Verstappen made his third pit stop at the end of the following tour and after taking on another set of Soft tyres the Dutchman resumed in the lead, six seconds clear of his team-mate and Alonso and Sainz. 

Behind them Gasly was driving well in fifth place and beginning to put pressure on Sainz, while at the start of lap 57 Albon moved back to sixth place, using DRS to pass Russell who had risen up the order after his stop for hard tyres early in the race. 

Gasly then made his way past Sainz at the start of lap 60 but within a lap the rain that had been moving towards Zandvoort for some time began to fall. Pérez was again the first to react and he pitted for Inters. The Mexican was followed by a stream of cars and then on the following lap, Verstappen made his stop and resumed in the lead. 

Pérez then went off at Turn 1 and clipped the barriers. He was able to continue but lost P2 to Alonso. The rain was now intensifying and when Zhou lost control and went into the barriers at Turn 1, the VSC was deployed. With a sizeable gap in hand, Verstappen headed into the pit lane for full wet tyres and with torrential rain falling, Pérez followed. 

However, during the Mexican’s stop the race was red flagged and he was forced to stop at the end of the pit lane as the rest of the field tip-toed through the treacherous conditions to join him. The stoppage was also a chance for the team to assess the damage caused to the Mexican’s car in his Turn 1 spin and contact with the barrier and when he clipped the wall at the pit entry on the way into the pit lane, a moment that would later compromise his race. 

After almost 45 minutes Race Control indicated that the race would get underway again, with a rolling start and with intermediate tyres specified and with Max at the front of the pack ahead of Alonso and Pérez.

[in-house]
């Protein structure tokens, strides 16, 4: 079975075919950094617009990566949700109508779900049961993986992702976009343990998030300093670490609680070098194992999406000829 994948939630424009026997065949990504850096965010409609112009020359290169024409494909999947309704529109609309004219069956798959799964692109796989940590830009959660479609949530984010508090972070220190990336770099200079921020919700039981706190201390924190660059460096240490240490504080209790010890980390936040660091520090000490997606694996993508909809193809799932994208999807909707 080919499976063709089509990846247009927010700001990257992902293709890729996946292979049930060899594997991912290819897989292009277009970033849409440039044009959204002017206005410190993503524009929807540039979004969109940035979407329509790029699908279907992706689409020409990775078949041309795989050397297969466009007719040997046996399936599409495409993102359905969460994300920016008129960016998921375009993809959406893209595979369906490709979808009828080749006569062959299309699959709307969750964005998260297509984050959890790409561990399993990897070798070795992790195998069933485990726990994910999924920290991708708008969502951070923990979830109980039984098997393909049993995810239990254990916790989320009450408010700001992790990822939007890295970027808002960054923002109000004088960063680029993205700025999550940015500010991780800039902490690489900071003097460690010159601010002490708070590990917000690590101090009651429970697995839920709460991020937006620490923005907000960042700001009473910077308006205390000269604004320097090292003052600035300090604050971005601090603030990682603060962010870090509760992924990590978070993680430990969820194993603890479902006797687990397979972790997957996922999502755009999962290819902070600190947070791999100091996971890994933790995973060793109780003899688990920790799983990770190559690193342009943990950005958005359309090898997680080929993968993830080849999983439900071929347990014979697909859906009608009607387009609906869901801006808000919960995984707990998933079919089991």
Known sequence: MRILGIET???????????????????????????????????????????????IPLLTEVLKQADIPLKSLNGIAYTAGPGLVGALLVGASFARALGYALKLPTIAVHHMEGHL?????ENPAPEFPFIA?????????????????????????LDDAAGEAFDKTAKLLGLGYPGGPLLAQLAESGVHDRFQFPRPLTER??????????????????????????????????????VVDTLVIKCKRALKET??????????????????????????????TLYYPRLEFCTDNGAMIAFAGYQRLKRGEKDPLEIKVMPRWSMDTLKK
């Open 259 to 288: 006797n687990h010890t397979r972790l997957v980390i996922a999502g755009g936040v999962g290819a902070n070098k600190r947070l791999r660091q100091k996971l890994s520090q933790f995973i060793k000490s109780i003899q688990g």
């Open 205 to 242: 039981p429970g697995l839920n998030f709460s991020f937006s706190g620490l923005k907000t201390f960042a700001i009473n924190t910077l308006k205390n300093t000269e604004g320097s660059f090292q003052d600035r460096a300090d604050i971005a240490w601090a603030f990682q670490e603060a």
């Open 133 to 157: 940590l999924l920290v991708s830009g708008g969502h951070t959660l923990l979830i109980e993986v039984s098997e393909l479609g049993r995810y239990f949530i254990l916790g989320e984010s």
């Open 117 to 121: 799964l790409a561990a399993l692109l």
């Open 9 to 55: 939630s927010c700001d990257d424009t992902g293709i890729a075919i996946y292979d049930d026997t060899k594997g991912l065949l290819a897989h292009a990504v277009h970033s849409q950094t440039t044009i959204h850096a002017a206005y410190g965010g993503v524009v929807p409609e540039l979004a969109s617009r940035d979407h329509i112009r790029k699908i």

And when the Safety Car left the track at the end of lap 66, Verstappen controlled the restart well to keep a hard-charging Alonso at bay. Pérez, however, was handed a five-second penalty for his tyre switch in the heavy rain, during which he exceeded the pit lane speed limit. 

Further back, Russell put a good move on Norris to take P7, but the McLaren driver fought back and in Turn 11 there was contact. Russell sustained a puncture and was forced back to the pit lane. 

Verstappen, though, was pulling away at the front and after 72 incident-packed laps the Dutchman crossed the line to take his ninth win of 2023.

Despite pressure from behind, Alonso took P2 with Gasly rising to third as Pérez’s penalty was applied. The Mexican was left with fourth ahead of Sainz, Hamilton and Norris. Albon finished eighth ahead of Piastri and the final point went to Alpine’s Esteban Ocon. 

 

2023 FIA Formula 1 Dutch Grand Prix – Race
1 Max Verstappen Red Bull Racing 72 2:24’04.411 
2 Fernando Alonso Aston Martin 72 2:24’08.155 3.744
3 Pierre Gasly Alpine 72 2:24’11.469 7.058
4 Sergio PĂ©rez Red Bull Racing 72 2:24’14.479 10.068
5 Carlos Sainz Ferrari 72 2:24’16.952 12.541
6 Lewis Hamilton Mercedes 72 2:24’17.620 13.209
7 Lando Norris McLaren 72 2:24’17.643 13.232
8 Alexander Albon Williams 72 2:24’19.566 15.155
9 Oscar Piastri McLaren 72 2:24’20.991 16.580
10 Esteban Ocon Alpine 72 2:24’22.757 18.346
11 Lance Stroll Aston Martin 72 2:24’24.498 20.087
12 Nico HĂĽlkenberg Haas 72 2:24’25.251 20.840
13 Liam Lawson AlphaTauri 72 2:24’30.558 26.147
14 Kevin Magnussen Haas 72 2:24’30.821 26.410
15 Valtteri Bottas Alfa Romeo 72 2:24’31.799 27.388
16 Yuki Tsunoda AlphaTauri 72 2:24’34.304 29.893
17 George Russell Mercedes 72 2:25’00.165 55.754
     Zhou Guanyu Alfa Romeo 62 1:27’01.340 Accident
     Charles Leclerc Ferrari 41 59’41.345 Retirement
     Logan Sargeant Williams 14 21’42.428 Accident
     Daniel Ricciardo AlphaTauri RBPT 0 – Withdrawn